“But also, if Calgary wants to pass a motion, it requires another six votes from the other nine members. So there is a check and a balance in both directions.

A Dispute Resolution Service and Appeals Rules have been put in place for municipalities to use in case they want to appeal a decision on an application.

Through this appeals process, a regional assessment framework can be used to see if the application has met the requirements set out in the growth plan. It can then either go to the Land and Property Rights Tribunal, the former municipal government council, or return to the CMRB for a decision.

Division 5 Com. Greg Boehlke was convinced that if an appeal process had been in place before the five nominations were rejected, these elements would have been forwarded to an external committee and would have been accepted.

He said that with other municipalities able to refuse development within another municipality, the growth plan has become a political game.

“I believe in good planning and working with our neighbors,” Boehlke said. “I think everyone at RVC does it, but when you stick to a plan, which we’ve done according to board administration and third-party consultants, and then it gets to the board level and is denied by Calgary and his minions, it’s not good Planning. It’s political.

He added that he was happy that an appeal process had been put in place.

The plan’s growth structure directs development in municipalities to three priority areas, including Urban Municipalities, Joint Planning Areas and Hamlet Growth Areas. Joint planning areas are areas identified with growth potential requiring strong inter-municipal collaboration.

The four joint planning areas include Airdrie/Calgary/Rocky View County, Calgary/Chestermere/Rocky View County, Foothills/Okotoks and High River/Foothills.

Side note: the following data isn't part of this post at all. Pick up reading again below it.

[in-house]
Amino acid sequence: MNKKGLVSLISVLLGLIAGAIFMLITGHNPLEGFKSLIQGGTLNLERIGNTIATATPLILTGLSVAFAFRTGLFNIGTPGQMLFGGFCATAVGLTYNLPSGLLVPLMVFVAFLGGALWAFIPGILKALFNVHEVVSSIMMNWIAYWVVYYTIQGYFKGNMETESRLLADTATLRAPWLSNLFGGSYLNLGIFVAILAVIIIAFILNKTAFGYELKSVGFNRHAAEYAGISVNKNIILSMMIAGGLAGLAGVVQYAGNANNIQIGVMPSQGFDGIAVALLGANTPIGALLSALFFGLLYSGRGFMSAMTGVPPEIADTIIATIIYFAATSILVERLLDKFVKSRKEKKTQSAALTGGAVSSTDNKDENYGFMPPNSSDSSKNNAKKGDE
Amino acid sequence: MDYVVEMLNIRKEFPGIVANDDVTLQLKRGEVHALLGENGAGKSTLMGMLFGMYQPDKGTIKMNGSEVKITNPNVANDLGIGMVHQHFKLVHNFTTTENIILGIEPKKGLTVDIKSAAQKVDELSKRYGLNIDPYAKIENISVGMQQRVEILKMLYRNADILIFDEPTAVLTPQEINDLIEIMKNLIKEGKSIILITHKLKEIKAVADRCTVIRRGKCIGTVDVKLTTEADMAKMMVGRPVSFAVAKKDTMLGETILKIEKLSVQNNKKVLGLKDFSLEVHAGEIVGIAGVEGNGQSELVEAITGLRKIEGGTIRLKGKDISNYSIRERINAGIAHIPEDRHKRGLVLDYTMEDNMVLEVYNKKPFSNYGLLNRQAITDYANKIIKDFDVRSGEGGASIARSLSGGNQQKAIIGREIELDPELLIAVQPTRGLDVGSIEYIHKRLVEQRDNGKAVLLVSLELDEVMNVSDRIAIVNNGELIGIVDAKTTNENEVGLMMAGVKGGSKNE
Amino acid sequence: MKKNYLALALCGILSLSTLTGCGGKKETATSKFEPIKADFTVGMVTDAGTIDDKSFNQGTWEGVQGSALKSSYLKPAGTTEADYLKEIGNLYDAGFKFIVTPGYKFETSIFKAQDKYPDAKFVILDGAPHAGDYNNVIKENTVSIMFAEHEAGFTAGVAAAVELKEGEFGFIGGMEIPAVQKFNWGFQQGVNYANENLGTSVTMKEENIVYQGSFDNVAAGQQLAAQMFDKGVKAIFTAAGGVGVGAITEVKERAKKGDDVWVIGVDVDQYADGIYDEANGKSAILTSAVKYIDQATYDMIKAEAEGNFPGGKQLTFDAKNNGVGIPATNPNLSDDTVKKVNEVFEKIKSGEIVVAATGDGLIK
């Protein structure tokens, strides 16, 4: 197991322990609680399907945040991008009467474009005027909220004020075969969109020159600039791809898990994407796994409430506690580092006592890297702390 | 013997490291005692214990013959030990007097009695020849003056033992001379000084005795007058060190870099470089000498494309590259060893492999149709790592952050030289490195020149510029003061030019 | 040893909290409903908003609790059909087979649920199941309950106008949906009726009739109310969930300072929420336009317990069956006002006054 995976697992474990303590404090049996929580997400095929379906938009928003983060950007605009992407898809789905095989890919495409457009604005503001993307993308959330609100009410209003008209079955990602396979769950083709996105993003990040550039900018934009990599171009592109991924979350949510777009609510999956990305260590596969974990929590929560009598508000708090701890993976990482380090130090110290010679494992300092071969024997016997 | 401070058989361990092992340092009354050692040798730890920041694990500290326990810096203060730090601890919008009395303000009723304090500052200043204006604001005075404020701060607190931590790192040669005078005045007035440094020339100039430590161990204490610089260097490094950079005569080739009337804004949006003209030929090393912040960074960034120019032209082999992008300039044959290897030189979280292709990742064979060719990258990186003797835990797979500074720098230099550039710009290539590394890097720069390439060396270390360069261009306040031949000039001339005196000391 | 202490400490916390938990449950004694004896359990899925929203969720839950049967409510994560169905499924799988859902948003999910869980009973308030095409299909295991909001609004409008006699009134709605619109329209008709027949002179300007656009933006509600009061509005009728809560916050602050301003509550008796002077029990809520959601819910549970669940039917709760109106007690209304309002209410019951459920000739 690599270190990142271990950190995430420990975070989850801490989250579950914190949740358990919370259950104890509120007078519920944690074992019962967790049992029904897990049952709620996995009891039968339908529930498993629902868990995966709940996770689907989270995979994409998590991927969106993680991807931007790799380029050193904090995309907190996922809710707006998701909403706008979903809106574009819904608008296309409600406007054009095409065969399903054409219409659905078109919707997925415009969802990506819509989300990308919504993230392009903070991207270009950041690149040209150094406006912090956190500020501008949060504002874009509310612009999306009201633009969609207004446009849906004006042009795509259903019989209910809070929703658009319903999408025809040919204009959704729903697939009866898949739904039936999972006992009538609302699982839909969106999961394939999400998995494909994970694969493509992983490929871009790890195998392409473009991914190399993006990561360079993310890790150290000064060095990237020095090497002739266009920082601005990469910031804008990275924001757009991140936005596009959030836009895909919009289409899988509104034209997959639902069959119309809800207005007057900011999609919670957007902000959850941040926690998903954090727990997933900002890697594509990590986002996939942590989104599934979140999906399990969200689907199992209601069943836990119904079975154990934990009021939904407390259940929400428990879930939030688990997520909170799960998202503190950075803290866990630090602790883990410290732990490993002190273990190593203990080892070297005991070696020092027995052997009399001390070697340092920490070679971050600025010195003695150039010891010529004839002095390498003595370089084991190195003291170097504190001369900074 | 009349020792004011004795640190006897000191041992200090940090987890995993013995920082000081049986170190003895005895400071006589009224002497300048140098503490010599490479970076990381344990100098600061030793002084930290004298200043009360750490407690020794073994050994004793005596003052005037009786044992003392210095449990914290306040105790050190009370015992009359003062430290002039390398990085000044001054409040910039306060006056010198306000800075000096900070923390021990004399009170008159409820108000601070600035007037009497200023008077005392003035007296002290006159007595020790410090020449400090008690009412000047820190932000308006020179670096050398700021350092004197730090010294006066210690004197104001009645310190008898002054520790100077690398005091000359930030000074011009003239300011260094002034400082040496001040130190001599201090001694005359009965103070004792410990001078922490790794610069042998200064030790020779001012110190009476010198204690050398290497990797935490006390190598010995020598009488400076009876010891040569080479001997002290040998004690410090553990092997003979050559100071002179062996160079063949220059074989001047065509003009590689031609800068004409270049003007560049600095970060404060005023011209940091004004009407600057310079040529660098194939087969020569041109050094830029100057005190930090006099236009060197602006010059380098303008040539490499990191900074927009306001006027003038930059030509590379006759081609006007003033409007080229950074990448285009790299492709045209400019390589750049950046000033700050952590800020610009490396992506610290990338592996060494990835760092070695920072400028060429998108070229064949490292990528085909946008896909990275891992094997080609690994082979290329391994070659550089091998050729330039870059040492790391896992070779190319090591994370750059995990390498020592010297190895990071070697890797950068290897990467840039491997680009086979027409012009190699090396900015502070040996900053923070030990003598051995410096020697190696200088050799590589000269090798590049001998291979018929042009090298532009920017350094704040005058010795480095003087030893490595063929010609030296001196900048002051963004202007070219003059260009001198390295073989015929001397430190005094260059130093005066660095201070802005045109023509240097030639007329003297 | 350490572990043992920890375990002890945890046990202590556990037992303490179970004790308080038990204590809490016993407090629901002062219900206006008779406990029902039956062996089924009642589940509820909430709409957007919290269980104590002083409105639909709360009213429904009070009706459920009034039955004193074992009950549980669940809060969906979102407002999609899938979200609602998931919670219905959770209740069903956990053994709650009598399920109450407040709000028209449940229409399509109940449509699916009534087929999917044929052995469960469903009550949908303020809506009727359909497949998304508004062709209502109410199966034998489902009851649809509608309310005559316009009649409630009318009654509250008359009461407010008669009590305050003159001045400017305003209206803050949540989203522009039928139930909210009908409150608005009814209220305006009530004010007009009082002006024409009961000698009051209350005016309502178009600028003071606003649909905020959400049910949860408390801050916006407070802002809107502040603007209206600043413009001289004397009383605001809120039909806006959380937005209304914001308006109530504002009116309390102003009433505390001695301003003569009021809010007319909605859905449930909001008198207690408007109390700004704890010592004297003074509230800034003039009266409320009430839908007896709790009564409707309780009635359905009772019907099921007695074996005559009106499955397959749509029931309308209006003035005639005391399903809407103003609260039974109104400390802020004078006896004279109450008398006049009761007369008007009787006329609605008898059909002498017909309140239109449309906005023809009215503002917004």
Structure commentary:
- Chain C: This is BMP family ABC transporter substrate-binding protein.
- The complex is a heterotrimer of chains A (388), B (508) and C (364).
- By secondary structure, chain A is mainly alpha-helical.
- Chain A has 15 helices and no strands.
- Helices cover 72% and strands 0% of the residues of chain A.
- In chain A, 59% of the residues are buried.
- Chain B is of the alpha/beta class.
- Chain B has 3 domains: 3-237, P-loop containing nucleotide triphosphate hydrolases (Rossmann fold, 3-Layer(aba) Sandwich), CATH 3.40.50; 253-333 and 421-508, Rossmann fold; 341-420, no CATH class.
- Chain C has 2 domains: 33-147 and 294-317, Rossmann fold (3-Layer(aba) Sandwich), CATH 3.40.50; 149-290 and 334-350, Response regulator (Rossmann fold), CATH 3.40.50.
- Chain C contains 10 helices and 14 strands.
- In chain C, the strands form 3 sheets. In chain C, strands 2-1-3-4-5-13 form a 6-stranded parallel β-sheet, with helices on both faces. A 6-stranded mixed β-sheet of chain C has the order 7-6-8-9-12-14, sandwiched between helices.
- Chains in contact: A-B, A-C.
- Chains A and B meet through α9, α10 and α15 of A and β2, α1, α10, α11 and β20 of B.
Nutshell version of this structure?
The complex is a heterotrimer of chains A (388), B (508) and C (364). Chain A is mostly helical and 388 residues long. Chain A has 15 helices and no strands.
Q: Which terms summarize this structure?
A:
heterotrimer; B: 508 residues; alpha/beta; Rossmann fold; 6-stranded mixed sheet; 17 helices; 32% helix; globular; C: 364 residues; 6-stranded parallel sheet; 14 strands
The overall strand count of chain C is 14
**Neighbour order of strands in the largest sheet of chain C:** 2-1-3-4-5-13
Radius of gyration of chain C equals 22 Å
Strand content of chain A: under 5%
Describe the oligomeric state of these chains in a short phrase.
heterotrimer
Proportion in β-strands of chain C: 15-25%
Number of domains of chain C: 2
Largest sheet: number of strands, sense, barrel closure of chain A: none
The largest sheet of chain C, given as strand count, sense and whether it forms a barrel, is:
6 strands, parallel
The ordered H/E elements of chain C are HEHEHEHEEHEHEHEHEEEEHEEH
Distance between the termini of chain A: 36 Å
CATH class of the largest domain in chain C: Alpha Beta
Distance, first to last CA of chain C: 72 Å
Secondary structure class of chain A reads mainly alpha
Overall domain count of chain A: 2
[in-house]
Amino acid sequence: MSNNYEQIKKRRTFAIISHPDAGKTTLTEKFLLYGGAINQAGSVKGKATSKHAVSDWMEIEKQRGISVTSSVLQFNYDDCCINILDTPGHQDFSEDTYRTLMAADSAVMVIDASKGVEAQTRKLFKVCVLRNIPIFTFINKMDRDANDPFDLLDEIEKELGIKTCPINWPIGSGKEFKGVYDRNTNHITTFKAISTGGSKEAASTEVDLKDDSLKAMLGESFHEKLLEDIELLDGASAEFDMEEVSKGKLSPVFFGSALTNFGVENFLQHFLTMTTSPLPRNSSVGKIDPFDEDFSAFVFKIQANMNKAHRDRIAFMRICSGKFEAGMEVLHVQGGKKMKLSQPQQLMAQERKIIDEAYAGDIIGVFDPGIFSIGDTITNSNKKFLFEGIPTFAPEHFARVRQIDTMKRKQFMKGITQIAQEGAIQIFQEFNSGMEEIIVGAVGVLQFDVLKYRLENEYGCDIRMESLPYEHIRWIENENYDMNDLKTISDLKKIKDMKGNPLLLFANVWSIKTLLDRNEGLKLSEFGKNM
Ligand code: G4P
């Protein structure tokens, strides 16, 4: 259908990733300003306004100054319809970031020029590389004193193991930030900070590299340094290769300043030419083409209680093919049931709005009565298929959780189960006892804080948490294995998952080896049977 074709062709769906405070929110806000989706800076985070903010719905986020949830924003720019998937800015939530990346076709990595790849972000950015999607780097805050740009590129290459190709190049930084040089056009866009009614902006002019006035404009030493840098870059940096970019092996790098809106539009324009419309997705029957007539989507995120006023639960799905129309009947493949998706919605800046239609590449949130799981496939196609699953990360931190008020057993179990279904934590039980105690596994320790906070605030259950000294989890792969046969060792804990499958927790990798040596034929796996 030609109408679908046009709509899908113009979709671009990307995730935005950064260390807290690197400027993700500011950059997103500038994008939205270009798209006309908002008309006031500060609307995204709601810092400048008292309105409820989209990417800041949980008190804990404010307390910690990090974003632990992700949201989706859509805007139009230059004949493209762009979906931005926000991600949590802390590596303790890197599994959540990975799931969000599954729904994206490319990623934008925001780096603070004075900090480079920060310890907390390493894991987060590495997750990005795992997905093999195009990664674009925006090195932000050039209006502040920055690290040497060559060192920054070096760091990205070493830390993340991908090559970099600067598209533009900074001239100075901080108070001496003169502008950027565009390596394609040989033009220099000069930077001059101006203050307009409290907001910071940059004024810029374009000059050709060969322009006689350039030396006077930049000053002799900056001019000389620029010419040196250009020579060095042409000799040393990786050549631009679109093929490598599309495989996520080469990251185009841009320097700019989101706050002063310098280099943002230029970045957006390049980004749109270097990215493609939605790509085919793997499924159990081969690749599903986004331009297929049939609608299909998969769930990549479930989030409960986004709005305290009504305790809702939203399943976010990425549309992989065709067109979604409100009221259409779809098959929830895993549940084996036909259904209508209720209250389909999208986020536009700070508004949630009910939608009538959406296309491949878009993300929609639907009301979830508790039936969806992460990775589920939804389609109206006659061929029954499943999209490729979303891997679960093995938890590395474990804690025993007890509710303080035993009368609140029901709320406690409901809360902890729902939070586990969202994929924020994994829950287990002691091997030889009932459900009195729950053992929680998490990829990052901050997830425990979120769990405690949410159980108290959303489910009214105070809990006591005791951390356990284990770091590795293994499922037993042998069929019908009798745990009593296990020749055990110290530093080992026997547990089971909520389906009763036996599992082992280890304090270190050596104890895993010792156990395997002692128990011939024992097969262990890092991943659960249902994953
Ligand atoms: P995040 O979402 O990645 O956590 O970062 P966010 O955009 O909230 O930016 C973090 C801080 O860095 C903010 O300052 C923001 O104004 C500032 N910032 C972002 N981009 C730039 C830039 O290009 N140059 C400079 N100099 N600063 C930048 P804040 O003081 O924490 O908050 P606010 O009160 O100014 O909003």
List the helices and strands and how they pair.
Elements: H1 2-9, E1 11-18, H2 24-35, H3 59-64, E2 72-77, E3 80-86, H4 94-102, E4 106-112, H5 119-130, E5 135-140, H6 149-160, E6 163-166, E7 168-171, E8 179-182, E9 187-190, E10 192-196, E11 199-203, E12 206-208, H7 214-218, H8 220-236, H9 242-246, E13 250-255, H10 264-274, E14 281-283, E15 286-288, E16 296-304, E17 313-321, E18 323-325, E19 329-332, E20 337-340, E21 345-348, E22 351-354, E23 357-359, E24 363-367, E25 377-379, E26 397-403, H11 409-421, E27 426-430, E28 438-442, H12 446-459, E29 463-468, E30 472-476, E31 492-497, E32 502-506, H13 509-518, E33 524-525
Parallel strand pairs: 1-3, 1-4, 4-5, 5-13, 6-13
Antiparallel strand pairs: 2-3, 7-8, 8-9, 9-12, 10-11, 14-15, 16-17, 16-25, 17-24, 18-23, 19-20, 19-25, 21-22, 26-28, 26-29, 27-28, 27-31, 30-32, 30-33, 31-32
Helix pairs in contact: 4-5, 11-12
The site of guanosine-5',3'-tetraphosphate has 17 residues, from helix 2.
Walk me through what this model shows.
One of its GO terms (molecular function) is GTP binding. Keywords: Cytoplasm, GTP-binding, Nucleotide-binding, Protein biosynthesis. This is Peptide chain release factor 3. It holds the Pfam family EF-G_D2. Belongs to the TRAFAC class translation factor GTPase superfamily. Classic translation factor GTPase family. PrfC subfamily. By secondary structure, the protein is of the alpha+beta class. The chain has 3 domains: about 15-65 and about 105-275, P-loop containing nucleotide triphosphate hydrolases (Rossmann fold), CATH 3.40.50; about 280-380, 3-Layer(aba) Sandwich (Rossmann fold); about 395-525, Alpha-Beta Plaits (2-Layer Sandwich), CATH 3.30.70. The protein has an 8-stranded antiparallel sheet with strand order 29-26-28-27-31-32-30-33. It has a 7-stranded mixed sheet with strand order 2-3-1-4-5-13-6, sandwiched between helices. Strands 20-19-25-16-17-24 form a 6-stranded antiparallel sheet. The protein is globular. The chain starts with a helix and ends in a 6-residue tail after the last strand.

These priority growing areas are where maintenance will be a priority.

“Our region is 9,000 square kilometres. We cannot concentrate on providing services in the 9,000 square kilometres. But by serving priority growth areas, it gives us the ability to work collaboratively, to make decisions in what makes the most sense on either side of the municipal border,” Copping explained.

Through the plan, employment zones will be directed to these priority growth areas, but may be located outside the zones in certain circumstances, such as agriculture and Springbank Airport.

Statutory plans approved before Jan. 1, 2018, through May 21, 2021, are not subject to the policy requirements of the regional growth plan unless they are significantly amended at the regional level, Copping explained.

According to the presentation, the CMRB growth plan results in a 27% reduction in carbon per household, a 23% reduction in water consumption per household, a 36% reduction in the cost of new infrastructure, a 41% reduction in land consumption and 31% % reduction in vehicle-kilometres per household.

The region has approximately 1.589 million inhabitants.

The council is expected to ensure environmentally sound land use planning, growth management and efficient land use, and to develop policies regarding the coordination of regional infrastructure investment and service delivery.